The FDA was not justified in ignoring parts of applications by vape companies, just because it decided they were not relevant.
Bidi Vapor, Diamond Vapor, Johnny Cooper and Vapor Unlimited, are some of the vape companies faced with MDOs as part of the FDA’s infamous premarket tobacco product application (PMTA) process. Following court appeals, these brands had their PMTAs suspended and the court ruling in favour of these manufacturers is not an isolated event. Last January the Fifth Circuit Court of Appeals also granted a stay for Triton Distribution.

After listening to arguments against the FDA’s arbitrary and capricious PMTA rejections from dozens of lawsuits, the court also heard from Eric Heyer, the lawyer for mid-sized e-liquid manufacturer Triton Distribution. He questioned what the justifications for the FDA’s decisions were, whilst referring to comparable applications by many other denied companies.

In response to these arguments, the Fifth Circuit has like the Eleventh Circuit Court of Appeals, allowed the rejected products to stay on the market at least for the duration of the lawsuit.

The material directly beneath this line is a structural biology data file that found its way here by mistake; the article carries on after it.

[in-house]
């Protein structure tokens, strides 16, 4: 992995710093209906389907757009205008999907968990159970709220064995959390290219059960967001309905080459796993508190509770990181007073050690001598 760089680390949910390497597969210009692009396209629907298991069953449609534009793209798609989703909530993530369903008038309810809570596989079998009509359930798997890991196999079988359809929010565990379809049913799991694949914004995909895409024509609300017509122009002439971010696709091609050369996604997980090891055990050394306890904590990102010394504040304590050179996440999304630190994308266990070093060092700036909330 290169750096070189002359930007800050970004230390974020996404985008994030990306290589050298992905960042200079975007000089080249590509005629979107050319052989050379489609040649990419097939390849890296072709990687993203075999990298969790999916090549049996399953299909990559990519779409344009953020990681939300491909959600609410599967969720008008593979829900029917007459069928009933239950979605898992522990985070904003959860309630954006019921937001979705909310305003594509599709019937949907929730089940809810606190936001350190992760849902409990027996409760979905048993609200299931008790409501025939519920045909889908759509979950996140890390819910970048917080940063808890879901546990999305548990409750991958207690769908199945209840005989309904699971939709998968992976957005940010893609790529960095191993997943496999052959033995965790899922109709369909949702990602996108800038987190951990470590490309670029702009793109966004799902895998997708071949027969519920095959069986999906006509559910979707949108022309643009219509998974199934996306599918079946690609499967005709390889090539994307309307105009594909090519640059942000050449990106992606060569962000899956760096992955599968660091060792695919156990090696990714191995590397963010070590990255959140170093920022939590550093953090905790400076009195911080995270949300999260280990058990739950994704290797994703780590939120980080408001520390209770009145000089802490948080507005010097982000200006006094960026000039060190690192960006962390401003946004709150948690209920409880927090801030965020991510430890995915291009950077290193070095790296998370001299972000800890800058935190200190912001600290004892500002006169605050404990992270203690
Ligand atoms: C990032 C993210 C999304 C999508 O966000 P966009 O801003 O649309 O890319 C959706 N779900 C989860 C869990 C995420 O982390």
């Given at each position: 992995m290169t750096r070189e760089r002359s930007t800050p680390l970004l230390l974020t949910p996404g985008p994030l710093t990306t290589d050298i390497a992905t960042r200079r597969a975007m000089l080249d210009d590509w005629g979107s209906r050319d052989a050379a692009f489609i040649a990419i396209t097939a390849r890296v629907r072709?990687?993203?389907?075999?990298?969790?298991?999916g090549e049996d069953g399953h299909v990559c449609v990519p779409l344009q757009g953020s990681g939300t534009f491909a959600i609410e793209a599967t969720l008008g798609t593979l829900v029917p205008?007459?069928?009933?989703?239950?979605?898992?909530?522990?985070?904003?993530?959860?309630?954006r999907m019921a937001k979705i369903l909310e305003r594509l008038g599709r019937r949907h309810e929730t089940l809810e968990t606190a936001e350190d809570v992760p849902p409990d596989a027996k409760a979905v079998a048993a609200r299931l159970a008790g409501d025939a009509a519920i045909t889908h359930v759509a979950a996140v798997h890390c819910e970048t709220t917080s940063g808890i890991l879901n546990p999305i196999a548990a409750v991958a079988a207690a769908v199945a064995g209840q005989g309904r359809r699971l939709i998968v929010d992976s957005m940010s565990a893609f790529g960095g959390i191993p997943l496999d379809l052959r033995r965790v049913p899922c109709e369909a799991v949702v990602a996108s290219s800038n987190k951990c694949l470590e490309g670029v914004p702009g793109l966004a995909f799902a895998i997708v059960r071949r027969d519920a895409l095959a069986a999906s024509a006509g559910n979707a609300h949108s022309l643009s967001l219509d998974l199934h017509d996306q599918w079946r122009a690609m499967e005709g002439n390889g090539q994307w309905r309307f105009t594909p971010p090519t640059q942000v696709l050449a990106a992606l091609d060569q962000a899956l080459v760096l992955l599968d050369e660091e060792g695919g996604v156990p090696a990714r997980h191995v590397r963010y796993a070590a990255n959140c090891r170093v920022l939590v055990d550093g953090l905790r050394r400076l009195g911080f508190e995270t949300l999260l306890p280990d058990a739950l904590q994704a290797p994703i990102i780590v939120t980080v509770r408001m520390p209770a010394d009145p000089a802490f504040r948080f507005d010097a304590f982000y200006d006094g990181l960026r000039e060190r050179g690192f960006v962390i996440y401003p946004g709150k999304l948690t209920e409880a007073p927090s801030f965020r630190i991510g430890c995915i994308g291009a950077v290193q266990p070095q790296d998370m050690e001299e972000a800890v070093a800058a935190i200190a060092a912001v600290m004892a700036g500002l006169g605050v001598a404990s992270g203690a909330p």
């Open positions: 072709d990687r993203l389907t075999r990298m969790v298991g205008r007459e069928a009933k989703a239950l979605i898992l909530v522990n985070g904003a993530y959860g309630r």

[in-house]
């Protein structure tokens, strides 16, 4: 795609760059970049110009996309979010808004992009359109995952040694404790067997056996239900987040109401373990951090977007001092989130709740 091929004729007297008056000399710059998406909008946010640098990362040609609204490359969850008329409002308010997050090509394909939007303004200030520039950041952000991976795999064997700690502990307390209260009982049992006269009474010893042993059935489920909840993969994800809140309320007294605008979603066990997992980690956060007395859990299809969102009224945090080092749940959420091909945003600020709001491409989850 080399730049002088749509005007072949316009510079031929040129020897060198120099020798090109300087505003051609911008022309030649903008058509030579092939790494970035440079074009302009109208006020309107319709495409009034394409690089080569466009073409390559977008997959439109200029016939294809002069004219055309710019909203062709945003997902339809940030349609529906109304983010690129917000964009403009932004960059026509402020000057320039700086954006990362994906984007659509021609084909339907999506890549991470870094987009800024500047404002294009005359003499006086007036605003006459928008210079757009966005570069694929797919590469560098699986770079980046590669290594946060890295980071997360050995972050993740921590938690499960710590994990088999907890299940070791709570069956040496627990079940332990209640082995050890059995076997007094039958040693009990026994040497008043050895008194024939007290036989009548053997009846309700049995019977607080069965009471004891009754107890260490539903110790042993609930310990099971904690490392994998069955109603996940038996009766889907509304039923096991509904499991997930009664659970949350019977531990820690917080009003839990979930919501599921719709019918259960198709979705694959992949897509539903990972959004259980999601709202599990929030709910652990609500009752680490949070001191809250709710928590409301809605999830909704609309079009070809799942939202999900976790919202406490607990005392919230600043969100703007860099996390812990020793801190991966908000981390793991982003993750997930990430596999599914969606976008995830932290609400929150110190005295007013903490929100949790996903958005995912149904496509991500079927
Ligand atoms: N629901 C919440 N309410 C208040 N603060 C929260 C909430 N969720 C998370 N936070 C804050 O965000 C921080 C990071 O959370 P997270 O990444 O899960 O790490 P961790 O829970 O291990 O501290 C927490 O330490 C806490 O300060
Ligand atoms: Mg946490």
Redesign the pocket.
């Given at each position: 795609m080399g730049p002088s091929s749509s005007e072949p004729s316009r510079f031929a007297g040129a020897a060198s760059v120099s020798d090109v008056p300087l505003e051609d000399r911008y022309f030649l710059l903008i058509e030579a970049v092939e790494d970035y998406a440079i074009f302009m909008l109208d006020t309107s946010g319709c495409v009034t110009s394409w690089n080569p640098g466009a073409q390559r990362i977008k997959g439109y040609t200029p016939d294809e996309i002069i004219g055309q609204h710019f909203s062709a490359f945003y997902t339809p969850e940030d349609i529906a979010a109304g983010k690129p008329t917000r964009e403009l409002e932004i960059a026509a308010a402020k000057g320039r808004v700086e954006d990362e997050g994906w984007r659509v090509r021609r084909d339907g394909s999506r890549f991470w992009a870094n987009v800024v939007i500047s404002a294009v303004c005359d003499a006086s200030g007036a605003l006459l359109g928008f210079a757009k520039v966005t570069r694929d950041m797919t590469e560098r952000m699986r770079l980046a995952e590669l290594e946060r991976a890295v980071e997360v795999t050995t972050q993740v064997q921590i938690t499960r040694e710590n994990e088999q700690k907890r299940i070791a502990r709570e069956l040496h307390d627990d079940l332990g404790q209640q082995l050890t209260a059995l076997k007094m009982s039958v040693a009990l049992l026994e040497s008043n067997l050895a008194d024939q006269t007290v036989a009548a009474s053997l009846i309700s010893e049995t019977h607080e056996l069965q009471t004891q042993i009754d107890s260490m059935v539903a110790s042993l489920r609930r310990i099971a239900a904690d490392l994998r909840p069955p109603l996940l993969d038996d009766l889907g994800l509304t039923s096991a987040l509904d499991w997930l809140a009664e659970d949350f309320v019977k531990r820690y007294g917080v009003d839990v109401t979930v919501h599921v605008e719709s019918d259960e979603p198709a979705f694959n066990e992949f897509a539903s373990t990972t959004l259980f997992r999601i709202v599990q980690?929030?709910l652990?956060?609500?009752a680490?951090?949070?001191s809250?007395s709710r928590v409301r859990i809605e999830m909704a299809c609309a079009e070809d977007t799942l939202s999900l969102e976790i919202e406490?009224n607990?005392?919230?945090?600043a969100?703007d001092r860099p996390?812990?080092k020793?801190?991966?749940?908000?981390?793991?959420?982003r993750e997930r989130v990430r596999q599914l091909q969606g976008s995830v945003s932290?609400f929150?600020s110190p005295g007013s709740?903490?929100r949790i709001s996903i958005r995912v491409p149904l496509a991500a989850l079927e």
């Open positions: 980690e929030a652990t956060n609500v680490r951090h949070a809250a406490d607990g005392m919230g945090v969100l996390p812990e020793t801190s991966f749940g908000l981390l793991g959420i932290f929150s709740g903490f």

These reversals may increase the likelihood of the Supreme Court questioning the FDA’s decisions

Meanwhile, the Eleventh Circuit’s recent decision in Bidi Vapor LLC v. FDA, may increase the likelihood of the Supreme Court questioning the FDA’s decisions. Reason highlighted that the FDA was not justified in ignoring parts of applications by vape companies, just because the agency itself decided they were not relevant.

“The basis for the Eleventh Circuit’s decision is fairly straight-forward: In rejecting the vaping product applications, the FDA expressly refused to consider the firms’ marketing and sales-access-restriction plans to reduce youth access to and consumption of their products. According to the FDA, such measures are not sufficient to reduce youth access, so they did not need to be considered, even though the relevant statute requires the agency to consider whether new tobacco products will attract consumers who do not currently use tobacco products and the FDA had issued prior guidance documents indicating that marketing and sales-access-restrictions were “factors” the FDA “intend[ed] to consider” when evaluating applications, and applicants relied upon the FDA’s guidance when preparing their applications.

“While the FDA was free to conclude that the marketing and sales-access-restrictions proposed by the various applicants were insufficient, it was not free to simply disregard those parts of the applications.”

The FDA Will Review Its Tobacco Division Due to PMTA-Related Criticism

Previous articleAustralian Paper Discusses The Best Strategy For Smoking Cessation
Next articleReview: Beco Beak 600 & 700 – Beco Vape
In-house journalist covering international vaping news.